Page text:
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Now, pull out your markers, crayons, pencils, paint brushes or whatever art supply you’d like to gift in this porfolio. Measure the width of these items. We are going to create a series of pockets for each of these by running hems from the top of this pocket to the bottom, backstitching at each end.

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I created 8 of these lines, measured equally across the pocket, to hold a packet of markers.

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Now, measure the drawing pad you’d like to include on the other side of the interior fabric.

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Find the center of the right-hand side of your interior fabric, 3-4″ from the top edge. Draw a line measuring the length of your drawing pad, adding 1/2″. This pad was nearly 5″ – so my line was 5.5″.

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Very carefully, snip this line open with a pair of scissors.

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Tuck the back cardboard edge of your drawing pad into this hole to make sure it fits. If it doesn’t, make the hole a bit bigger on either side.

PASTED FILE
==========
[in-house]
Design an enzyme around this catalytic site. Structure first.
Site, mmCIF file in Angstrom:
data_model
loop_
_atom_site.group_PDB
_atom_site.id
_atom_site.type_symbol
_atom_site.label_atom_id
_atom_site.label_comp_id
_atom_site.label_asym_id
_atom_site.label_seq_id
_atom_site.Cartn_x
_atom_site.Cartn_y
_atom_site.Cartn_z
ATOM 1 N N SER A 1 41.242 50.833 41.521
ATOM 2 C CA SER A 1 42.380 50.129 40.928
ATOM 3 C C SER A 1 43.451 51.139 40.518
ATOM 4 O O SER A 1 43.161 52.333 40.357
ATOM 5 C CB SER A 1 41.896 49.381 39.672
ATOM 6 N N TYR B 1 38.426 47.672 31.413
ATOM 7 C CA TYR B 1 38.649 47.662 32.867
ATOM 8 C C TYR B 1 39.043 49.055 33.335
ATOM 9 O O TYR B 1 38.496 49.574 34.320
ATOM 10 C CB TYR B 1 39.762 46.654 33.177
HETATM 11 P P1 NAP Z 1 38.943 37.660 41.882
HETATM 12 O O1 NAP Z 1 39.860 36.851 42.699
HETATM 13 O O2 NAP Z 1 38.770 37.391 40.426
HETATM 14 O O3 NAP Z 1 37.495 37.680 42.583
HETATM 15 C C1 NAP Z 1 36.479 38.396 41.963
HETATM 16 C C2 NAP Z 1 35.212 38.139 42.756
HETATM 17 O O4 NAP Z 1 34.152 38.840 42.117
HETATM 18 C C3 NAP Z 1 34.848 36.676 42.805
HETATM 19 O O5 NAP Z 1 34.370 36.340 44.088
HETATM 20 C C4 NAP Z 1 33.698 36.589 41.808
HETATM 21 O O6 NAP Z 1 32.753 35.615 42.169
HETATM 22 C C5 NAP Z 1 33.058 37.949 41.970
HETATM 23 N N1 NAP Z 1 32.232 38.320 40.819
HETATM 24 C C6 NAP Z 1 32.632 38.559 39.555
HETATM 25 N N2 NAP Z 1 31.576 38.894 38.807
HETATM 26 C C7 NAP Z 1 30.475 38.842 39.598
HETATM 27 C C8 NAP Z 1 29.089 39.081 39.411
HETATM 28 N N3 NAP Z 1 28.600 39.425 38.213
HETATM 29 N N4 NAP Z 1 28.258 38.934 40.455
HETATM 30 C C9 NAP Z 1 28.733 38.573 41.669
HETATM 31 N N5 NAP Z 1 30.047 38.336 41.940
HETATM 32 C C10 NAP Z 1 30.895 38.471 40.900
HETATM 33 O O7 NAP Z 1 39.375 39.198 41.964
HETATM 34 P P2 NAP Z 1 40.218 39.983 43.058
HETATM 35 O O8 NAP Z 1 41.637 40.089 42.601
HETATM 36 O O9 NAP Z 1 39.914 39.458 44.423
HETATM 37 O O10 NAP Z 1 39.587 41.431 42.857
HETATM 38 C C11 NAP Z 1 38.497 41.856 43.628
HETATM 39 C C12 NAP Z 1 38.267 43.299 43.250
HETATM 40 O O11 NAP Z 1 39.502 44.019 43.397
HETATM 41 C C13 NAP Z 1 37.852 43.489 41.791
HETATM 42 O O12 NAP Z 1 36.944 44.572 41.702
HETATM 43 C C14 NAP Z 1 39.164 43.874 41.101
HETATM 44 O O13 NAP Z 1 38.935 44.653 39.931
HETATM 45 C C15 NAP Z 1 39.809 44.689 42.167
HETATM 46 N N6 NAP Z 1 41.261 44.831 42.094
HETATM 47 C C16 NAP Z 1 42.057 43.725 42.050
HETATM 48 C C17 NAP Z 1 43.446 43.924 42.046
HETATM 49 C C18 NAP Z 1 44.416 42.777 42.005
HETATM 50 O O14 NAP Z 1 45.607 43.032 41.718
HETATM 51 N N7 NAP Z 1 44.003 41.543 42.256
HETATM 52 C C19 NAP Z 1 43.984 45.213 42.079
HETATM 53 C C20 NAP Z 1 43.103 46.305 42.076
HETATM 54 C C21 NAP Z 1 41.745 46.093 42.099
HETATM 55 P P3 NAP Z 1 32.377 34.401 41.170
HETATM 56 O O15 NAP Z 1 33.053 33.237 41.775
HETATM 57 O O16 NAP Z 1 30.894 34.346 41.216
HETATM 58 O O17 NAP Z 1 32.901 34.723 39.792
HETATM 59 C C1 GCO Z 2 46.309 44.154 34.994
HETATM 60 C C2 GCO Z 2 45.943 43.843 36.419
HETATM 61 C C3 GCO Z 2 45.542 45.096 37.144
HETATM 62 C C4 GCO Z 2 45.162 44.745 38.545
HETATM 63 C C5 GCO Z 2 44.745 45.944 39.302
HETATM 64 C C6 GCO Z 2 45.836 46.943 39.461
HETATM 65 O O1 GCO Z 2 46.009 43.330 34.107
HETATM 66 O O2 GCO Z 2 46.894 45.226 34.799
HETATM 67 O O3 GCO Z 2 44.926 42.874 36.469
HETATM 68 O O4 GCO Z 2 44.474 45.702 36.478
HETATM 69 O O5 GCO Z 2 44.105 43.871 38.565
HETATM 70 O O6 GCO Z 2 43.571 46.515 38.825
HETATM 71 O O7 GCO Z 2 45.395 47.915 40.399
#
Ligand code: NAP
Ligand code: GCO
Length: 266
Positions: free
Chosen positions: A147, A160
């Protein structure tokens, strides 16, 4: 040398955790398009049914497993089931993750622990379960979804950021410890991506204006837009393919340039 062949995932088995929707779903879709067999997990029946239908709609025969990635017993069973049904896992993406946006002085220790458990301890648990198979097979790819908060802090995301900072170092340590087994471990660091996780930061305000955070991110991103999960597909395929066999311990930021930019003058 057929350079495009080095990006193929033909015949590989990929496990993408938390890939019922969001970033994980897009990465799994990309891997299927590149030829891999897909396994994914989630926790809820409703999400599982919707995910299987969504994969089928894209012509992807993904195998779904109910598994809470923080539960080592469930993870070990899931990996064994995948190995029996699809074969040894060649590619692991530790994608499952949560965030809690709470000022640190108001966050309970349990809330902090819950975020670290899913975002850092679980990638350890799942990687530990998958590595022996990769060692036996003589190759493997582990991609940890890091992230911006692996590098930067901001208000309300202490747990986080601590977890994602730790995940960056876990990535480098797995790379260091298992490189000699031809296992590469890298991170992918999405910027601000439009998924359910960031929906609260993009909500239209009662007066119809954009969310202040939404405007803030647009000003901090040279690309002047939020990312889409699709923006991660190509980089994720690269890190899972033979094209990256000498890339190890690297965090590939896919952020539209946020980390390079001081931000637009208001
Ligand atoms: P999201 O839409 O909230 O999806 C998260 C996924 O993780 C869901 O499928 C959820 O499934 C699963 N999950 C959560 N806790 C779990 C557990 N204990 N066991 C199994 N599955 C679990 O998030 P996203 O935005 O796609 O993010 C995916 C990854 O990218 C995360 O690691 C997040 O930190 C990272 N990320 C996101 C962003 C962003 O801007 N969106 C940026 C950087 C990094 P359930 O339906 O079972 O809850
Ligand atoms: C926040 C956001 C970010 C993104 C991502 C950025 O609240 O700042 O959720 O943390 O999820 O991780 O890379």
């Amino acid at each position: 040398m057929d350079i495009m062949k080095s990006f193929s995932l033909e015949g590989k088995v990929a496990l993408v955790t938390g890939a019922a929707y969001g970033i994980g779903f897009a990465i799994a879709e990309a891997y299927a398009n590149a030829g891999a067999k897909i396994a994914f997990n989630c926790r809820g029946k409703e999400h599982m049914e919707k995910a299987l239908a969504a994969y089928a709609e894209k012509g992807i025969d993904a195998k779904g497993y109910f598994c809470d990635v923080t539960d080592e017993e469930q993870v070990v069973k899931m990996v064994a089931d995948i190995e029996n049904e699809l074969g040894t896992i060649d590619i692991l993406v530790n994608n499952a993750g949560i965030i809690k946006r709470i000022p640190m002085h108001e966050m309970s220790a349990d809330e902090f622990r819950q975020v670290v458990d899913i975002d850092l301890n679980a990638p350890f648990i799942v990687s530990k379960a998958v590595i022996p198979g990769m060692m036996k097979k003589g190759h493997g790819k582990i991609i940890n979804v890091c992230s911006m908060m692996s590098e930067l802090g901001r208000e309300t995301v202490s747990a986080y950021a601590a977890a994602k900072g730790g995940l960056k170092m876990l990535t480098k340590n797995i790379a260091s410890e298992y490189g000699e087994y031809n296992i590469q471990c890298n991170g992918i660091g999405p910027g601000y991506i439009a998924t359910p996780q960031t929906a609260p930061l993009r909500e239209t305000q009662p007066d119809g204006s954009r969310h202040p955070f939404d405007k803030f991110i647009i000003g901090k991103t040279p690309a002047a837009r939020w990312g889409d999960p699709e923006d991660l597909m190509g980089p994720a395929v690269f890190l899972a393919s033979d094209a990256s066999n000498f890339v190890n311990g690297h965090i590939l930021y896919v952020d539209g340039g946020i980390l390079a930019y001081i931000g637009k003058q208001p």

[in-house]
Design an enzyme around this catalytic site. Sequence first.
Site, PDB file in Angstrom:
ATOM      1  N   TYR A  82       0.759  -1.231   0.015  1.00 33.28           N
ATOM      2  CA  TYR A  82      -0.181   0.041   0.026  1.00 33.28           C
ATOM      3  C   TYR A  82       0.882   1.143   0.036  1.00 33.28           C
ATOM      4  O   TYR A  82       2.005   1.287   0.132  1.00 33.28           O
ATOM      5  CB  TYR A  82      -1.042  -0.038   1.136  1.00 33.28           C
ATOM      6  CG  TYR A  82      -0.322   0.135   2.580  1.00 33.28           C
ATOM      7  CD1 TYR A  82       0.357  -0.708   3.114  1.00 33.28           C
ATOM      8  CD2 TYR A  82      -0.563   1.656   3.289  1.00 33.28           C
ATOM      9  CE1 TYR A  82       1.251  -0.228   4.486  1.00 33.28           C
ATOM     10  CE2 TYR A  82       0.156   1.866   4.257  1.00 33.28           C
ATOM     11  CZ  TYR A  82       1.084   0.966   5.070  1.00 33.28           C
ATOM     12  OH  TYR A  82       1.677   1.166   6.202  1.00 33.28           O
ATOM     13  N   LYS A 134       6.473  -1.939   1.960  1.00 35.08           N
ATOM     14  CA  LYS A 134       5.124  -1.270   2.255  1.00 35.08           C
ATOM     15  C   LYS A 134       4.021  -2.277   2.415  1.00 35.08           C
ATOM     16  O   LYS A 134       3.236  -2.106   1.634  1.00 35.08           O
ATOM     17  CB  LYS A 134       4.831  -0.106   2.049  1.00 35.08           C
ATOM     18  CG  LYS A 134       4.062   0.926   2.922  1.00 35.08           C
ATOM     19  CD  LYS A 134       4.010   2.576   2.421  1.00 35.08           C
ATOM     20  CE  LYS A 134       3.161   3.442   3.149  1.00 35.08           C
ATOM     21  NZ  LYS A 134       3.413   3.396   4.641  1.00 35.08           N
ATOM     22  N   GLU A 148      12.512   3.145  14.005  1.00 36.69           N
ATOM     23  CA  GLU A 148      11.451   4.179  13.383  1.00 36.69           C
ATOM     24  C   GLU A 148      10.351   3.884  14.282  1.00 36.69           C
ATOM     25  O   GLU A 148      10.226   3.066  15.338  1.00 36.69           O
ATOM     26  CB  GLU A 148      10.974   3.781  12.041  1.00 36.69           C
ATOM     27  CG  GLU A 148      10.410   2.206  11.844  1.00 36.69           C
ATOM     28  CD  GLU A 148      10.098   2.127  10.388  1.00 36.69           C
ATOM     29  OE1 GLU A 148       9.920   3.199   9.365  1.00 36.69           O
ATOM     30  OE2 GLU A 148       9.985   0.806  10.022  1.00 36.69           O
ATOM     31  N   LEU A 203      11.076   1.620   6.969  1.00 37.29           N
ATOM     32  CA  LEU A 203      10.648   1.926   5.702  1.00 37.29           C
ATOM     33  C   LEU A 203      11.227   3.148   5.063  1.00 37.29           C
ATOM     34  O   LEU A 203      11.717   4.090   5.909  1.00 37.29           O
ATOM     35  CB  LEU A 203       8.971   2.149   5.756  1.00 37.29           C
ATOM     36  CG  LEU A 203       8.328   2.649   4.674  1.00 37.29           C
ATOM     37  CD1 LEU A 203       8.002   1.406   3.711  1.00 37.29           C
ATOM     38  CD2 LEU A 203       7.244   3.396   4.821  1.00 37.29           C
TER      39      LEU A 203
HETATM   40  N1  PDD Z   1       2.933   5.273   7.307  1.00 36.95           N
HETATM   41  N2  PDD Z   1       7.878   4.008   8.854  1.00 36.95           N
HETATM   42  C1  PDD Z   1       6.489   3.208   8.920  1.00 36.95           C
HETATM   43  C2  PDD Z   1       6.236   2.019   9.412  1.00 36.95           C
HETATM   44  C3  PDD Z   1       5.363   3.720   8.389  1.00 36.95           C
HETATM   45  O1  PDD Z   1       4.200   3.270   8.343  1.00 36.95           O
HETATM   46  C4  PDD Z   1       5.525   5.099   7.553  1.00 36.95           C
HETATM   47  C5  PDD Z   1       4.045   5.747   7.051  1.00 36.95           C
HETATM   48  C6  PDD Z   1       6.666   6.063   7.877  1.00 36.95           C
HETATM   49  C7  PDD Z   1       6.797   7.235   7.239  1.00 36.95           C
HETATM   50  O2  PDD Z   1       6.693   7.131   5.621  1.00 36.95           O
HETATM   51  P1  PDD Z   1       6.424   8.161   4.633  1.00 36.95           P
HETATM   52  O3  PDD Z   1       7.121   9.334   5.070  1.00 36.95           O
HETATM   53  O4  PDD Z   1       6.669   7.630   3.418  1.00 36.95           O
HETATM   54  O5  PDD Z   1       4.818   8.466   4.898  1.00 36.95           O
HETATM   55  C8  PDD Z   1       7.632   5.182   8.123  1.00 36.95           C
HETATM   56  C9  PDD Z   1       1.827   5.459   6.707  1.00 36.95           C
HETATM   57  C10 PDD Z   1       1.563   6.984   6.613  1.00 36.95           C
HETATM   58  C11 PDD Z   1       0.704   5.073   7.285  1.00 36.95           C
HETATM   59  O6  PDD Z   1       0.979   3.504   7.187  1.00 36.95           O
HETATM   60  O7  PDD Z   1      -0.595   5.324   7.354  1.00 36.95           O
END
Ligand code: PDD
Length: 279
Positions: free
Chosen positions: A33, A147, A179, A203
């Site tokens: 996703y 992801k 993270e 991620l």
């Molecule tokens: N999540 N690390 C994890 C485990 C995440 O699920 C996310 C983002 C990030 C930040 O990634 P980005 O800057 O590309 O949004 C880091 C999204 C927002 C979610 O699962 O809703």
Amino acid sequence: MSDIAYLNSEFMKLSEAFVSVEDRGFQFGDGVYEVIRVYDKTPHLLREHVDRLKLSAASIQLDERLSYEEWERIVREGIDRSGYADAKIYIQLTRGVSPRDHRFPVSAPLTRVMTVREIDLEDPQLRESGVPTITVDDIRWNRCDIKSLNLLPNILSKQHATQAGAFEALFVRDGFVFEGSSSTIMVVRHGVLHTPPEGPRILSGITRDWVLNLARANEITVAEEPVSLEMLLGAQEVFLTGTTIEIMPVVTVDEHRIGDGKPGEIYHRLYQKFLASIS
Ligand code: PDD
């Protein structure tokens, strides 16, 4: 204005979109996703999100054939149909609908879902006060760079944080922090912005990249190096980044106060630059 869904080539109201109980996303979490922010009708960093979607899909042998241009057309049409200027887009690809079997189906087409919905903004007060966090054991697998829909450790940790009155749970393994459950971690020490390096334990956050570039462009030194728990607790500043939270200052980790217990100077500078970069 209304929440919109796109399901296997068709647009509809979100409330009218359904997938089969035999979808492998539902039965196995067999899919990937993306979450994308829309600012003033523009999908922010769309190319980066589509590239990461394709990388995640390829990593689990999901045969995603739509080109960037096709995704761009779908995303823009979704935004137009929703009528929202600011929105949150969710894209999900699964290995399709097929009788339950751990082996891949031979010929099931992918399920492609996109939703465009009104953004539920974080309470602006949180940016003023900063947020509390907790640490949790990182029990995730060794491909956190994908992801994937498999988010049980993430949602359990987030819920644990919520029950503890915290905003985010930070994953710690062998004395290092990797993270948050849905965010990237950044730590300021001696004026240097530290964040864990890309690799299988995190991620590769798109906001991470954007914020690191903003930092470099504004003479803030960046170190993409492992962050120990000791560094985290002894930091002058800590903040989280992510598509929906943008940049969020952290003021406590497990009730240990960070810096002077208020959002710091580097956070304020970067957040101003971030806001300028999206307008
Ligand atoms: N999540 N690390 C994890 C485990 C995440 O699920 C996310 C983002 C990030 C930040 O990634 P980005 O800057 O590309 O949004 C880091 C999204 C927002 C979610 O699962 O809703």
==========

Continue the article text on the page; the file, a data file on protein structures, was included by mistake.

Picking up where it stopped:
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Now hem a small zigzag stitch in a coordinating thread around the hole (buttonhole stitch) to close the raw edge.

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Place the exterior fabric — with interfacing already attached — on top of the interior fabric with right sides matched.

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Measure 6.5 inches from the top of the left and right hand sides of the portfolio and tuck your pieces of ribbon between the exterior and interior pieces, leaving at least .5″ outside to pin and later stitch. Sew both sides together with a 1/2″ seam. No need to leave a hole to turn right sides out. Clip the corners, trim any excess including that extra bit of ribbon and then pull the right sides through your drawing pad hole. Iron flat, pushing out the corners carefully. Top stitch in a coordinating thread.

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Now, measure several pieces of wax paper to place in the center of the portfolio for stamps/stickers. Carefully run a tight zigzag stitch down the left-hand side of the wax paper to secure to the portfolio. This also creates a center binding for the portfolio because you are stitching through all three layers (make sure your bobbin thread matches your exterior fabric.) This step is entirely optional. Wax paper doesn’t hold up well and if your artist is too old for stickers, skip it.

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Add a label if you’d like.

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Place the drawing pad in the hole by securing the back cover.

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Add your art supplies

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And stickers

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Voila — a children’s art portfolio.

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Other variations may include thank you notes, stamps, stationery, etc.

Tomorrow: a favorite holiday recipe

~K